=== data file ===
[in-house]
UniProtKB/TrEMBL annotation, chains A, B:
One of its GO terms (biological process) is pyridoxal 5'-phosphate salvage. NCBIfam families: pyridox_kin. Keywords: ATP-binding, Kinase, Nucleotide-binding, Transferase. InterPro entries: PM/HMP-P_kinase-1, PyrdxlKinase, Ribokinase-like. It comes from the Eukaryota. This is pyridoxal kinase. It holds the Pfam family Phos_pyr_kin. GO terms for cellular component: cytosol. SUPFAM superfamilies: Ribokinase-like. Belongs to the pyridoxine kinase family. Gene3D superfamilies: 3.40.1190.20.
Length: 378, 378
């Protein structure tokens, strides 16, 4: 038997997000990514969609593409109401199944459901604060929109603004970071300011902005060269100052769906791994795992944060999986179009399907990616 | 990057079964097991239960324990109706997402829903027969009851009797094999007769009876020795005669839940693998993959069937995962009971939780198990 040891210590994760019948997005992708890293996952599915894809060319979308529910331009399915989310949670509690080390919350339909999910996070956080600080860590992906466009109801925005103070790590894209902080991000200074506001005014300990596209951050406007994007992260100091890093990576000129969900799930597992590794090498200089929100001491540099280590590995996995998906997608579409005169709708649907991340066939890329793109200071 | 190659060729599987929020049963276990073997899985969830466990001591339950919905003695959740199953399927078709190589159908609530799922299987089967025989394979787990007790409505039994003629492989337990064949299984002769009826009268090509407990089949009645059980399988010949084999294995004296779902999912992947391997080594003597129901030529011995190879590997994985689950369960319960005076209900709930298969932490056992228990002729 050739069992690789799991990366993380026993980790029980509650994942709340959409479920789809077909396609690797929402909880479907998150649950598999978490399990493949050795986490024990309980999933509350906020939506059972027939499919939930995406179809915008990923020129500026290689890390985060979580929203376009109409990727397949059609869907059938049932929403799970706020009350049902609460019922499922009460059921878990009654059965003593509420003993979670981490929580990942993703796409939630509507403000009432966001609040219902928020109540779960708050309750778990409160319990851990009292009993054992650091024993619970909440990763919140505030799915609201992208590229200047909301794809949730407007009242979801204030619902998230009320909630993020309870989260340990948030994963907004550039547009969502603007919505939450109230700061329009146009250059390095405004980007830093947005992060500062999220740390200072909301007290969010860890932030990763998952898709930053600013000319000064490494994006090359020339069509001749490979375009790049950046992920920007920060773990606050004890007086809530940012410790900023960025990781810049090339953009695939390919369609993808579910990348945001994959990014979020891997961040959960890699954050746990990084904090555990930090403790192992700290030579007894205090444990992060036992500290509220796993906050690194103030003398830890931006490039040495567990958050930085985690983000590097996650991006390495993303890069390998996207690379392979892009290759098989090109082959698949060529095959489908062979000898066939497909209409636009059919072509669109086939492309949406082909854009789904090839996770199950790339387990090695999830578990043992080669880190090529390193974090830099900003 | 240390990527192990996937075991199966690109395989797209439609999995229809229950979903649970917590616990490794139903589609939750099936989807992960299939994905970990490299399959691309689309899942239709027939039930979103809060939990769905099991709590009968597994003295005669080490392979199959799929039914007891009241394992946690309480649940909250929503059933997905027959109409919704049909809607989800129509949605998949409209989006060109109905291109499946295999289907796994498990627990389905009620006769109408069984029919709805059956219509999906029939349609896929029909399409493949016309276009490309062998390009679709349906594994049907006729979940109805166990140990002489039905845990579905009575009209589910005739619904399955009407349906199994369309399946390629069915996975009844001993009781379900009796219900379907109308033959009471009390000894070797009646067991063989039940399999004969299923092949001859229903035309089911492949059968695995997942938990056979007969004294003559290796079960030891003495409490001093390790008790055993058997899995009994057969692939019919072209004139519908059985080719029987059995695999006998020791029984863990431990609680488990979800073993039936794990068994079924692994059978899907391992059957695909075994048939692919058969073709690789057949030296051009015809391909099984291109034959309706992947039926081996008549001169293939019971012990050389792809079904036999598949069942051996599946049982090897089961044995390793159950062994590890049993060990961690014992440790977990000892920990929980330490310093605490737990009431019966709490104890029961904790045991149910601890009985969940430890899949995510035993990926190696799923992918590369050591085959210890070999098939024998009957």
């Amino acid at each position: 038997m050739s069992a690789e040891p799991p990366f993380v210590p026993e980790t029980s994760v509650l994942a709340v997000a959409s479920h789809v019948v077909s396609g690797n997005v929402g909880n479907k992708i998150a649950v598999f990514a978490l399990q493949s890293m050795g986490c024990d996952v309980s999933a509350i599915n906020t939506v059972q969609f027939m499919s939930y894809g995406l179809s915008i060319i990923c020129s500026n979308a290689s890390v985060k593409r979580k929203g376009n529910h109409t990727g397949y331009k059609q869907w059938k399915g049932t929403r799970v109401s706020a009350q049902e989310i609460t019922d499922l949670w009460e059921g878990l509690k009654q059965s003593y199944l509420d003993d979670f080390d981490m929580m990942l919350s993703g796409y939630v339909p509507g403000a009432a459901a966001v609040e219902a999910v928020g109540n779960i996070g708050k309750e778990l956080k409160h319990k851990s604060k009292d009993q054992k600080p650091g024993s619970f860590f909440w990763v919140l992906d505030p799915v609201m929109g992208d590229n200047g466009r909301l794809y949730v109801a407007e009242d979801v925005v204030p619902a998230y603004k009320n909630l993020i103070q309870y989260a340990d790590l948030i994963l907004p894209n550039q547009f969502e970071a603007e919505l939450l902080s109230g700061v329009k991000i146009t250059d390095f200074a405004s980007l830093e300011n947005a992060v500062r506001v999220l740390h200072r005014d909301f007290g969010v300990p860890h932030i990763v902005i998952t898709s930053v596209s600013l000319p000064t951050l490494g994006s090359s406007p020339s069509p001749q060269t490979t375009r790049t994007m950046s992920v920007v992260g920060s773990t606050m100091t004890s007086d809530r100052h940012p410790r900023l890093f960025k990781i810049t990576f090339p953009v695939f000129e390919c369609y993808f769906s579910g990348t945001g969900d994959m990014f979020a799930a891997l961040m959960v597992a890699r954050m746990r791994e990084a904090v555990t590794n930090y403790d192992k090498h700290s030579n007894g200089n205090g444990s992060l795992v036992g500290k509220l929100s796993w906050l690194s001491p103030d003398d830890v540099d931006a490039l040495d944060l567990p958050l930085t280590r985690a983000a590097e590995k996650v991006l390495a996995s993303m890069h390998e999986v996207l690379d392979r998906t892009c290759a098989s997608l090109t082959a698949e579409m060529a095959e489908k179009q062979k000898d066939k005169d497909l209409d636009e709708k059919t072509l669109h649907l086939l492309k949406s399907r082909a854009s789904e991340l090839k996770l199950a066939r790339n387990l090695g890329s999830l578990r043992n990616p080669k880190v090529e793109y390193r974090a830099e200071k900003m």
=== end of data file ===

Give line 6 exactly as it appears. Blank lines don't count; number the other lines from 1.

């Amino acid at each position: 038997m050739s069992a690789e040891p799991p990366f993380v210590p026993e980790t029980s994760v509650l994942a709340v997000a959409s479920h789809v019948v077909s396609g690797n997005v929402g909880n479907k992708i998150a649950v598999f990514a978490l399990q493949s890293m050795g986490c024990d996952v309980s999933a509350i599915n906020t939506v059972q969609f027939m499919s939930y894809g995406l179809s915008i060319i990923c020129s500026n979308a290689s890390v985060k593409r979580k929203g376009n529910h109409t990727g397949y331009k059609q869907w059938k399915g049932t929403r799970v109401s706020a009350q049902e989310i609460t019922d499922l949670w009460e059921g878990l509690k009654q059965s003593y199944l509420d003993d979670f080390d981490m929580m990942l919350s993703g796409y939630v339909p509507g403000a009432a459901a966001v609040e219902a999910v928020g109540n779960i996070g708050k309750e778990l956080k409160h319990k851990s604060k009292d009993q054992k600080p650091g024993s619970f860590f909440w990763v919140l992906d505030p799915v609201m929109g992208d590229n200047g466009r909301l794809y949730v109801a407007e009242d979801v925005v204030p619902a998230y603004k009320n909630l993020i103070q309870y989260a340990d790590l948030i994963l907004p894209n550039q547009f969502e970071a603007e919505l939450l902080s109230g700061v329009k991000i146009t250059d390095f200074a405004s980007l830093e300011n947005a992060v500062r506001v999220l740390h200072r005014d909301f007290g969010v300990p860890h932030i990763v902005i998952t898709s930053v596209s600013l000319p000064t951050l490494g994006s090359s406007p020339s069509p001749q060269t490979t375009r790049t994007m950046s992920v920007v992260g920060s773990t606050m100091t004890s007086d809530r100052h940012p410790r900023l890093f960025k990781i810049t990576f090339p953009v695939f000129e390919c369609y993808f769906s579910g990348t945001g969900d994959m990014f979020a799930a891997l961040m959960v597992a890699r954050m746990r791994e990084a904090v555990t590794n930090y403790d192992k090498h700290s030579n007894g200089n205090g444990s992060l795992v036992g500290k509220l929100s796993w906050l690194s001491p103030d003398d830890v540099d931006a490039l040495d944060l567990p958050l930085t280590r985690a983000a590097e590995k996650v991006l390495a996995s993303m890069h390998e999986v996207l690379d392979r998906t892009c290759a098989s997608l090109t082959a698949e579409m060529a095959e489908k179009q062979k000898d066939k005169d497909l209409d636009e709708k059919t072509l669109h649907l086939l492309k949406s399907r082909a854009s789904e991340l090839k996770l199950a066939r790339n387990l090695g890329s999830l578990r043992n990616p080669k880190v090529e793109y390193r974090a830099e200071k900003m």